Plenty of people are lukewarm on Clinton, for a variety of reasons: her support for the anti-gay Defense of Marriage Act, her ham-fisted attempts to put forth a clear position on Iraq, the fear that she would be just as beholden to corporate interests as her predecessor. Then there are the women who chafe at the idea that they're expected to vote their sex rather than their specific politics. But very few of these people seem to worry that Clinton isn't warm enough, or that she's too dowdy or mannish or whatever can't-win descriptor is lobbed her way daily.

I'll just add that one needn't call names to denigrate Clinton, or any woman, for being a woman. If I read one more time, on one more liberal blog, that "there's just something about her personality," or "it's her speaking voice," or "she's way too ambitious," or "I don't like dynasties," or "she didn't apologize sincerely enough" I'm going to take a hostage.


Sparkle Plenty said...

I don't like her politics and I don't like her policies. That's all that concerns me.

Anonymous said...

Excellent post, Hecate. As I have been saying, she is the only Dem with the balls to be President. This country will never be liberal enough to elect a DFH. You win by running to the center. Anyway, I really enjoy your work.


report from the heartland said...

Hecate, I'm not here as often as I should be but what a reward when I drop in. Thank you.
It's good the b-word is out in the open. Now we all know where we stand... my conversation yesterday with some upper middle class mommies at the school festival really gave me pause. I'm used to dealing with lame opinions from the midwest and don't even try to change anyone's mind but here in NYC-- oy. I'm putting all my chips on Senator Clinton because she's the only one tough enough and smart enough to be president right now. I know she will disappoint on many things but better disappointment than abject horror at what our country has become. And maybe she won't disappoint, you know?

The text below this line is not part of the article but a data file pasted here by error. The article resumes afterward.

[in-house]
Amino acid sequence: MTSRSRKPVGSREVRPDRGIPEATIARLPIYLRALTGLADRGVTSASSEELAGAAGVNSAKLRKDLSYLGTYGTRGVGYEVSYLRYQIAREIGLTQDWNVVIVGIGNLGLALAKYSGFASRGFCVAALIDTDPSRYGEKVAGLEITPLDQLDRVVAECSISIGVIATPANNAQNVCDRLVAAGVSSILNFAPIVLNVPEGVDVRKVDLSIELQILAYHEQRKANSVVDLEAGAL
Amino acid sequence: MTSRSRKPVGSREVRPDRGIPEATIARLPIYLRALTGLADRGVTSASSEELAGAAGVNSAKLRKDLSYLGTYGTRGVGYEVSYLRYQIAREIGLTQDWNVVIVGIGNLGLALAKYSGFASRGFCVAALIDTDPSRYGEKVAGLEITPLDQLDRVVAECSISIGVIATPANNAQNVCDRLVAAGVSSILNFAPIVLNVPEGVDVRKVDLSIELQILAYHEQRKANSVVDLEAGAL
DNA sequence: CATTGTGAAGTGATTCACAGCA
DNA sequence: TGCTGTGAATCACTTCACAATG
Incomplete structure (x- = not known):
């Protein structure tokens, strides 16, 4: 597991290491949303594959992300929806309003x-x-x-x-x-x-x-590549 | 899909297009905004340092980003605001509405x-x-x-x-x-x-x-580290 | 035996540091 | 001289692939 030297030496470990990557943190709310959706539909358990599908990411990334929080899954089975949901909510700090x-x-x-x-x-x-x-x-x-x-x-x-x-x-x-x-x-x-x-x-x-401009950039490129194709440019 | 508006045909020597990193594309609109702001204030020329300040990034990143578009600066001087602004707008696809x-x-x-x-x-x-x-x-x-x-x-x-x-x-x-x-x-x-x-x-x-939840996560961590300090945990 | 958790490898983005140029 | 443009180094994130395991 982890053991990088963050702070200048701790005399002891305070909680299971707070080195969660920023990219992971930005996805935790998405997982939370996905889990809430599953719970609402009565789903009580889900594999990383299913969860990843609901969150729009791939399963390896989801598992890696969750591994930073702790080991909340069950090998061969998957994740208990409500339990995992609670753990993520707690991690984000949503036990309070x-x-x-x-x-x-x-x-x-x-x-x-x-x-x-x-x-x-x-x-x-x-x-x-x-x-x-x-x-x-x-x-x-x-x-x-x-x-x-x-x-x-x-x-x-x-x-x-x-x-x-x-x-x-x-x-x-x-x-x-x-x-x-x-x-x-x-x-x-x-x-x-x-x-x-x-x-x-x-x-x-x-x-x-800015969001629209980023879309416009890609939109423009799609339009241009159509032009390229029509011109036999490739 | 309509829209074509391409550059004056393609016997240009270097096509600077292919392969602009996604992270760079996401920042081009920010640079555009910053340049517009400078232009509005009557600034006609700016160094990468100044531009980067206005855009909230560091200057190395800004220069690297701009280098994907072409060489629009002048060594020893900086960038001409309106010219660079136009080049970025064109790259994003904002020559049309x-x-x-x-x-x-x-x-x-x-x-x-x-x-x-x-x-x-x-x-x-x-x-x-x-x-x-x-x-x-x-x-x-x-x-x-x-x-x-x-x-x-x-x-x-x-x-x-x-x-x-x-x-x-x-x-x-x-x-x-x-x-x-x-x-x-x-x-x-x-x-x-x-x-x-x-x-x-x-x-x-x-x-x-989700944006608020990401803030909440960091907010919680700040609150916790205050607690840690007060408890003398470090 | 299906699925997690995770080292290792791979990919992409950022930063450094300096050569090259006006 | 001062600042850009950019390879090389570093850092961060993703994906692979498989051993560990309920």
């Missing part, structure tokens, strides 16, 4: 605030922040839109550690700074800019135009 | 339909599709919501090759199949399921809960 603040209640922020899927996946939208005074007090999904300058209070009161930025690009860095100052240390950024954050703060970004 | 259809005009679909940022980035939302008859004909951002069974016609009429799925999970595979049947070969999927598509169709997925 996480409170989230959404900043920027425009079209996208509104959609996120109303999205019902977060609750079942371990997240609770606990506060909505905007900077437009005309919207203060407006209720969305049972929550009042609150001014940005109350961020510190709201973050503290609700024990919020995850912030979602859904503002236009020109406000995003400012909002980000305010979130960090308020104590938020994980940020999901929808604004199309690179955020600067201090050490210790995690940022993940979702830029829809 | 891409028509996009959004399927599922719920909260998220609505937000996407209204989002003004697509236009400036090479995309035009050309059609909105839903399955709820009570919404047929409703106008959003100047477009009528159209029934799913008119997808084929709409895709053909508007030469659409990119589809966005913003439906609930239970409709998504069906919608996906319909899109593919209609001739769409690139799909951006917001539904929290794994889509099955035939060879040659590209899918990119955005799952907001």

Terry C - Democratic Bitch said...

Unlike McCain, she isn't BUSH'S bitch!

Anne Johnson said...

My reservations about her have nothing to do with her gender. But ah, isn't it refreshing that these Republicans keep hurling insults at the Dem candidates? One is a fag, the other a bitch. Hillary's rubber, and they're glue.

My reservations about candidate Clinton certainly include her level of indebtedness to the corporate interests who are funding her campaign. And a new qualm was added this weekend when I read an op ed piece that said if she's elected, only two families will have controlled the presidency for 24 years. That's a small quibble, but I think it speaks to our species' preference for hereditary leadership.

Ruth said...

The TX oilmen I have daily dealings with have run down Hillary for decades, which makes me like her altogether. Sometimes she disappoints me.

As I was not enthusiastic about the candidacy of Bill Clinton and surprised pleasantly by the great state he brought this country into, I encourage appreciation of Hillary Clinton's capability of turning around the disaster this country has been inflicted with by the previous two terms.